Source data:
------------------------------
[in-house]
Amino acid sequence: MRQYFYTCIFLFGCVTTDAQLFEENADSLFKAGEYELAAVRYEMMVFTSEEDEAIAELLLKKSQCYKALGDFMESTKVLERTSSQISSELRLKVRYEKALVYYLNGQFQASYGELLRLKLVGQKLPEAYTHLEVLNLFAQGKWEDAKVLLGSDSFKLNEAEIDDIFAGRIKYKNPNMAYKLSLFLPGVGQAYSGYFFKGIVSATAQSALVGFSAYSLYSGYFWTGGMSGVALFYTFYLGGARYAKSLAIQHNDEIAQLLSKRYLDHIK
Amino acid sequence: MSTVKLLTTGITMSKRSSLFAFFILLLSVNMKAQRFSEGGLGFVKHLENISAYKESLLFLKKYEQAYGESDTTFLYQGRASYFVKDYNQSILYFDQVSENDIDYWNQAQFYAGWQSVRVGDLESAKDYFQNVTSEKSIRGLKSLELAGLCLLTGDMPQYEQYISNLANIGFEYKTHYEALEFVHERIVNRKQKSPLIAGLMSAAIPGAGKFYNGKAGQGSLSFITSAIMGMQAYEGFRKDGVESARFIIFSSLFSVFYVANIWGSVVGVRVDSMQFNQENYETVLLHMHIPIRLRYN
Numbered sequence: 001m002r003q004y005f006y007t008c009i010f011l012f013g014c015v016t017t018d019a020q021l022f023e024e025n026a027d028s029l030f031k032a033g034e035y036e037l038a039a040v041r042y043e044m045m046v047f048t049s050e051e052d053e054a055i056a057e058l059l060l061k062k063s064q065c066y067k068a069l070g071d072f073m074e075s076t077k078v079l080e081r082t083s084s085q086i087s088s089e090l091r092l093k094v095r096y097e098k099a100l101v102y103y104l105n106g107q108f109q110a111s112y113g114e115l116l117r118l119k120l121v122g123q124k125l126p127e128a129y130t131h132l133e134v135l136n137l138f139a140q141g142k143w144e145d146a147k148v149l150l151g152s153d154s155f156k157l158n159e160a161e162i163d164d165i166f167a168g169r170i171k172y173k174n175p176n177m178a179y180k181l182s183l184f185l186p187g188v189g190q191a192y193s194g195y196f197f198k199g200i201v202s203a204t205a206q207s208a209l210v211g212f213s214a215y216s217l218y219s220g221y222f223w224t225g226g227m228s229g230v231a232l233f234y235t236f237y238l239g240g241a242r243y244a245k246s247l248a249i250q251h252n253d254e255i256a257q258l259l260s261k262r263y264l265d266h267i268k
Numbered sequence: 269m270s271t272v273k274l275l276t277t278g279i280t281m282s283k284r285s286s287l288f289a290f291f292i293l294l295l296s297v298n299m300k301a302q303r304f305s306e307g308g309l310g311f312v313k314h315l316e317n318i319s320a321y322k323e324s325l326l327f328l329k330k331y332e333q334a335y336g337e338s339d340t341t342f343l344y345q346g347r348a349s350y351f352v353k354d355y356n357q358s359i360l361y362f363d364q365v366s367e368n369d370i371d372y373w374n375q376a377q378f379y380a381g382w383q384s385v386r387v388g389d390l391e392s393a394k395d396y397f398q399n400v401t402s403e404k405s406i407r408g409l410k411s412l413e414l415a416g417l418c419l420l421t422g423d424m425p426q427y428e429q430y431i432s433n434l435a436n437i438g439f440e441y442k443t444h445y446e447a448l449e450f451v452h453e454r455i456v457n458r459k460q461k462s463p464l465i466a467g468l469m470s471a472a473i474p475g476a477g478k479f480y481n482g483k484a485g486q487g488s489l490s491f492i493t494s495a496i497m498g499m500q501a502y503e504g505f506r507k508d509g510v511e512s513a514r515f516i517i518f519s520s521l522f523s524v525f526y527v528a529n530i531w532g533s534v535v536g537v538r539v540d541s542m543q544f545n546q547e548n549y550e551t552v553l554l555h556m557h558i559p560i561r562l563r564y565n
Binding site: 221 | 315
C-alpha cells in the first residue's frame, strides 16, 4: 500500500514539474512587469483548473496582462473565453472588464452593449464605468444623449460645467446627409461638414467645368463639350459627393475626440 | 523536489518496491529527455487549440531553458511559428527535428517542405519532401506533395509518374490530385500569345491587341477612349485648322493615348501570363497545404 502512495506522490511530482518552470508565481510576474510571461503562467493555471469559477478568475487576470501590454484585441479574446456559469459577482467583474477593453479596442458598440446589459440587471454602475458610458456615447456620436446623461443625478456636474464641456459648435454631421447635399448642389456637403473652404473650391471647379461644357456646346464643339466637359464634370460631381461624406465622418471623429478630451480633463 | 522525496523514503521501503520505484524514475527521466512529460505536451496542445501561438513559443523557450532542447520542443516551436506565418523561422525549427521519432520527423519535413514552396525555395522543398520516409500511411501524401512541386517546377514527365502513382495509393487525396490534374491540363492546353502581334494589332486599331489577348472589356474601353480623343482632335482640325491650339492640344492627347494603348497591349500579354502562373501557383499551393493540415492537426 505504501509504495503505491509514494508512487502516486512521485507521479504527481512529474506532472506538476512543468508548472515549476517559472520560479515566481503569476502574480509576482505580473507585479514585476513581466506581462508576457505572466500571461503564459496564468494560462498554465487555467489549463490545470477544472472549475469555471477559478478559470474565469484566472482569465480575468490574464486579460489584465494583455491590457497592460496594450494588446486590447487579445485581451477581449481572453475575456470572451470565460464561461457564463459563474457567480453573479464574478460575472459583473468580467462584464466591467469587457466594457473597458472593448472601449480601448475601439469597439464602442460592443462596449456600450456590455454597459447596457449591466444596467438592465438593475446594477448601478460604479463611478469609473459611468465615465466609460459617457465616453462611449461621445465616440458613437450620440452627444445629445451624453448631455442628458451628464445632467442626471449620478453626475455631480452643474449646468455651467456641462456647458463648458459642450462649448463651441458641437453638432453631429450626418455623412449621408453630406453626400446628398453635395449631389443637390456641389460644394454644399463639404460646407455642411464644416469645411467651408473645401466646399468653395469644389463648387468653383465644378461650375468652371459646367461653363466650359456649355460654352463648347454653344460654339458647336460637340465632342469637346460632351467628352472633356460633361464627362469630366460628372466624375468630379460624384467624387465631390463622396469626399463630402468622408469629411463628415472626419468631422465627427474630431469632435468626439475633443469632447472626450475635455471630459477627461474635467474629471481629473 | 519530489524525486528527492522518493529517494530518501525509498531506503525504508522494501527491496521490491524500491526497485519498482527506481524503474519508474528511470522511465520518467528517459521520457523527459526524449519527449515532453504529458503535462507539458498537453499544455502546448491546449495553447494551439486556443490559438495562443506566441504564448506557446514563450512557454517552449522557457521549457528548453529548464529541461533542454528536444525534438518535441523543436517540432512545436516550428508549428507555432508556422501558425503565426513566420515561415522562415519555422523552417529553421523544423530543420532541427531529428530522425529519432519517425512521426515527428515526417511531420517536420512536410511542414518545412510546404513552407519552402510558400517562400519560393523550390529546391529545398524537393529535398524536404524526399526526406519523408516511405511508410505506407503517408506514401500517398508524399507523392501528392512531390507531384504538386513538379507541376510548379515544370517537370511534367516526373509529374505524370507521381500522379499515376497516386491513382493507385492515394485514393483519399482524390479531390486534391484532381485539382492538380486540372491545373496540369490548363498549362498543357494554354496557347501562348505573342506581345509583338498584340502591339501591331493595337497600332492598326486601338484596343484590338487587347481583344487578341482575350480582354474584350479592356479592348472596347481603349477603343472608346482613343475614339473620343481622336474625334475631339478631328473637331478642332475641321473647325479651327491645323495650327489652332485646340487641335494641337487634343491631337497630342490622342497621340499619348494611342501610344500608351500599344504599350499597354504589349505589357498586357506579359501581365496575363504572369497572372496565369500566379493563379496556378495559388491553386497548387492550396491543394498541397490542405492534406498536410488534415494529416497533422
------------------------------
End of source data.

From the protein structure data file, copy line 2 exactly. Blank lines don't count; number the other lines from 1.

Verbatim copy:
Amino acid sequence: MRQYFYTCIFLFGCVTTDAQLFEENADSLFKAGEYELAAVRYEMMVFTSEEDEAIAELLLKKSQCYKALGDFMESTKVLERTSSQISSELRLKVRYEKALVYYLNGQFQASYGELLRLKLVGQKLPEAYTHLEVLNLFAQGKWEDAKVLLGSDSFKLNEAEIDDIFAGRIKYKNPNMAYKLSLFLPGVGQAYSGYFFKGIVSATAQSALVGFSAYSLYSGYFWTGGMSGVALFYTFYLGGARYAKSLAIQHNDEIAQLLSKRYLDHIK